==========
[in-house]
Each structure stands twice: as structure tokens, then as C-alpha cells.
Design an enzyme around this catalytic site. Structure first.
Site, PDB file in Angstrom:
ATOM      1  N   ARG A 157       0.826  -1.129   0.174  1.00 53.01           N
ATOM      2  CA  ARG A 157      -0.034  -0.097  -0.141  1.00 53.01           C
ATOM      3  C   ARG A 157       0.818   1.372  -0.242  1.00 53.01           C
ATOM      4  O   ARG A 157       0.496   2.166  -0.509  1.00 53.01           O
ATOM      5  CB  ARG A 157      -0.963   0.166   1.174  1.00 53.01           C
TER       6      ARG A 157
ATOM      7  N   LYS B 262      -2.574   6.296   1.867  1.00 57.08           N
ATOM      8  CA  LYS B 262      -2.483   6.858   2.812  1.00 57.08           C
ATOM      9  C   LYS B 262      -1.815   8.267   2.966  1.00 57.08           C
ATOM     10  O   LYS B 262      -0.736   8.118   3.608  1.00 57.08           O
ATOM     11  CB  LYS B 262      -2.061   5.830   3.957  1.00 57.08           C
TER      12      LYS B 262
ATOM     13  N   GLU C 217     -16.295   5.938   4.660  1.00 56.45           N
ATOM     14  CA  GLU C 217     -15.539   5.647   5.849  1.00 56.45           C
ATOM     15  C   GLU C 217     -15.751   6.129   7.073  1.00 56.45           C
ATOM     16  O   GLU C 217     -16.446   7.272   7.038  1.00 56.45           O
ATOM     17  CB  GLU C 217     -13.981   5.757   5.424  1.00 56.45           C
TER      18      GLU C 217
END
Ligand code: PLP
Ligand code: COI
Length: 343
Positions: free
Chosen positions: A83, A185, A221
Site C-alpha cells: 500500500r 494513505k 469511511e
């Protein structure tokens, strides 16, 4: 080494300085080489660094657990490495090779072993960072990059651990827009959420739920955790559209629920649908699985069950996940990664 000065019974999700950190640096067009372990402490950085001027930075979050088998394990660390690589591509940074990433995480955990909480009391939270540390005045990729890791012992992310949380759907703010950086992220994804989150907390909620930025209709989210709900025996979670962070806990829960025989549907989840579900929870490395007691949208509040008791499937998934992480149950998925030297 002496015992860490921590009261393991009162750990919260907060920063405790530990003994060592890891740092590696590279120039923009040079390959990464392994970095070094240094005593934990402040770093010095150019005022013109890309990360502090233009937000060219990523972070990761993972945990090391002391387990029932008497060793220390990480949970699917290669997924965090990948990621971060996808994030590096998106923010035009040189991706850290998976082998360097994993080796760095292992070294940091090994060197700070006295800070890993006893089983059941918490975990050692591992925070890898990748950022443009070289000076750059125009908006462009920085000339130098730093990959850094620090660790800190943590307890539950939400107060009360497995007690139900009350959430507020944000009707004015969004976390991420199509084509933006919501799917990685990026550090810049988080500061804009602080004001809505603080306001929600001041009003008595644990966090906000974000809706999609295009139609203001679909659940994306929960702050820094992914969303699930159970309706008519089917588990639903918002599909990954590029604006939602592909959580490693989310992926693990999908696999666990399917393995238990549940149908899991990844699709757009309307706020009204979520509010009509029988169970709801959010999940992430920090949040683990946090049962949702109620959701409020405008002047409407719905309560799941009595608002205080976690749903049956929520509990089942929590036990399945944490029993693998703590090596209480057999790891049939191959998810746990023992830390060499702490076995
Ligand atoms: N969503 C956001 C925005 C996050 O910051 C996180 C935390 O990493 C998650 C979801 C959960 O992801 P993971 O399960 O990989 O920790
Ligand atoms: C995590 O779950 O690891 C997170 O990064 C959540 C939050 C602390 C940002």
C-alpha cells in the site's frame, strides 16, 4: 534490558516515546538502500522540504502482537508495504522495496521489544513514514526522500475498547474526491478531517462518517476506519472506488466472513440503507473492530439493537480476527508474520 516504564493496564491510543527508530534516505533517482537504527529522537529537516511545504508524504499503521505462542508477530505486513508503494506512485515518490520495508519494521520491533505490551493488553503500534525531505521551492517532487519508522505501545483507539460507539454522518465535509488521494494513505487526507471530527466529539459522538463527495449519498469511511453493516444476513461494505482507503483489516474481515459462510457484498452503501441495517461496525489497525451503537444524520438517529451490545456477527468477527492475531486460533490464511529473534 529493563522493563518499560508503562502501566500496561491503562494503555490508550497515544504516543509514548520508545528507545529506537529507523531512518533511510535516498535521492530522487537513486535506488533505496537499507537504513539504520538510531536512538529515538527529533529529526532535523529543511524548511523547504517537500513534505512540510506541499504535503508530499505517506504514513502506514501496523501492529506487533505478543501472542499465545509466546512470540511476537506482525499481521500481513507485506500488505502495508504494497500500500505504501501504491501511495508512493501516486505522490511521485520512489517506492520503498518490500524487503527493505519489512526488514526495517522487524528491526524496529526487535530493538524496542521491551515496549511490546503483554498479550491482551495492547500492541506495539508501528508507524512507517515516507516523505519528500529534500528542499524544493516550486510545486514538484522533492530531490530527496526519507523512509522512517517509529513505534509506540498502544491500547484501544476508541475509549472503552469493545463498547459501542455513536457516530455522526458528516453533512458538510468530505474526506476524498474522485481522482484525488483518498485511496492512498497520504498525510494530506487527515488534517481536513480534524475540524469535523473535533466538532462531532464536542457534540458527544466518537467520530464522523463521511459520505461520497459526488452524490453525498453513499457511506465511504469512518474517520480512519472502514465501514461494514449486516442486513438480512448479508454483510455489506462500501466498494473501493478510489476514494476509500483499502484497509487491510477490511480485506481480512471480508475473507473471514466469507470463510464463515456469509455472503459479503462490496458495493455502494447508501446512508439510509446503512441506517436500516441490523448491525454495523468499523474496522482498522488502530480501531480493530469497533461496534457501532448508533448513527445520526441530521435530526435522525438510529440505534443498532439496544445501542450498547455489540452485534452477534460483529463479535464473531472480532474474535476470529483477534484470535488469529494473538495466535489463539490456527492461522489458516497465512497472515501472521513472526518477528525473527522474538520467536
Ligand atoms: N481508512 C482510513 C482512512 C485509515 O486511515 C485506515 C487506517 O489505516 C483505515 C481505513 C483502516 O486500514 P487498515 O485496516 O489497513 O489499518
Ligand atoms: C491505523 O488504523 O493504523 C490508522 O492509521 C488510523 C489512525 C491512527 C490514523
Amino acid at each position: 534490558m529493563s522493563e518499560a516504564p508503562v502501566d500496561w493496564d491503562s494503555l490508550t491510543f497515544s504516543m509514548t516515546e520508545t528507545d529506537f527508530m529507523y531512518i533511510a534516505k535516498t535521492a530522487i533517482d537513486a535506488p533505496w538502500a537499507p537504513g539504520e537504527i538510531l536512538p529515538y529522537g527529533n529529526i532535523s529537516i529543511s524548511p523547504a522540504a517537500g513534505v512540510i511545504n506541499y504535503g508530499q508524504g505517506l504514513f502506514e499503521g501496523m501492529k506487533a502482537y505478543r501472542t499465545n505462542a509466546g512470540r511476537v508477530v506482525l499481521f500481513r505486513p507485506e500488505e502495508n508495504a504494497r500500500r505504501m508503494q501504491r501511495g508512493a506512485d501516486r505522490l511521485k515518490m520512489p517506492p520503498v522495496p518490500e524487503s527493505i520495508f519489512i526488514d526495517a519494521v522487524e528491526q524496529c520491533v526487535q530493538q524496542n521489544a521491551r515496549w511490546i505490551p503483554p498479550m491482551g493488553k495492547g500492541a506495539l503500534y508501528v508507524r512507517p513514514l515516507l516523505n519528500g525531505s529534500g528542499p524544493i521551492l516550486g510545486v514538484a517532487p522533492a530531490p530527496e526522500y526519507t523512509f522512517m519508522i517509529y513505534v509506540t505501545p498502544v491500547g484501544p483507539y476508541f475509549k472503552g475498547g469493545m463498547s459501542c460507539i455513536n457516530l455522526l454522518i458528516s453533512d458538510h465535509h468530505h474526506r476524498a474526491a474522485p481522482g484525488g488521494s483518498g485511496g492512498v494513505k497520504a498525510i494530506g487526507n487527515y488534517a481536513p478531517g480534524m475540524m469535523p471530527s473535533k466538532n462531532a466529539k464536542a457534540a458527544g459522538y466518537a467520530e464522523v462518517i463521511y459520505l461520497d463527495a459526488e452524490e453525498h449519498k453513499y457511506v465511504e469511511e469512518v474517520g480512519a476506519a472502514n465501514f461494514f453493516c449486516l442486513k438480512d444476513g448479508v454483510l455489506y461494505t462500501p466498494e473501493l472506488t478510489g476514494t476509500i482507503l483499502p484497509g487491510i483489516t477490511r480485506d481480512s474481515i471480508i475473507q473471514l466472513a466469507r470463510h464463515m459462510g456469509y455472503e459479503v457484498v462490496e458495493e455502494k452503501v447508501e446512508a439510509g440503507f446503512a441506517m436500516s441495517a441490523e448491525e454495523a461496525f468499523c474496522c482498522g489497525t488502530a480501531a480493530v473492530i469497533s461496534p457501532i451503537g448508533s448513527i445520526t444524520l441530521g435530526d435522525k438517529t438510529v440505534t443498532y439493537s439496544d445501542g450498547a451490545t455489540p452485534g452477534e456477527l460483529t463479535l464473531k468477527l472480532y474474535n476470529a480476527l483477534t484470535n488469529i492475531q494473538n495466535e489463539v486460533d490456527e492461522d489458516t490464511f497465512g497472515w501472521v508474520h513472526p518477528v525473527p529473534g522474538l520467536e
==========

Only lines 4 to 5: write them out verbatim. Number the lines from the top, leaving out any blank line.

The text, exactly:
Site, PDB file in Angstrom:
ATOM      1  N   ARG A 157       0.826  -1.129   0.174  1.00 53.01           N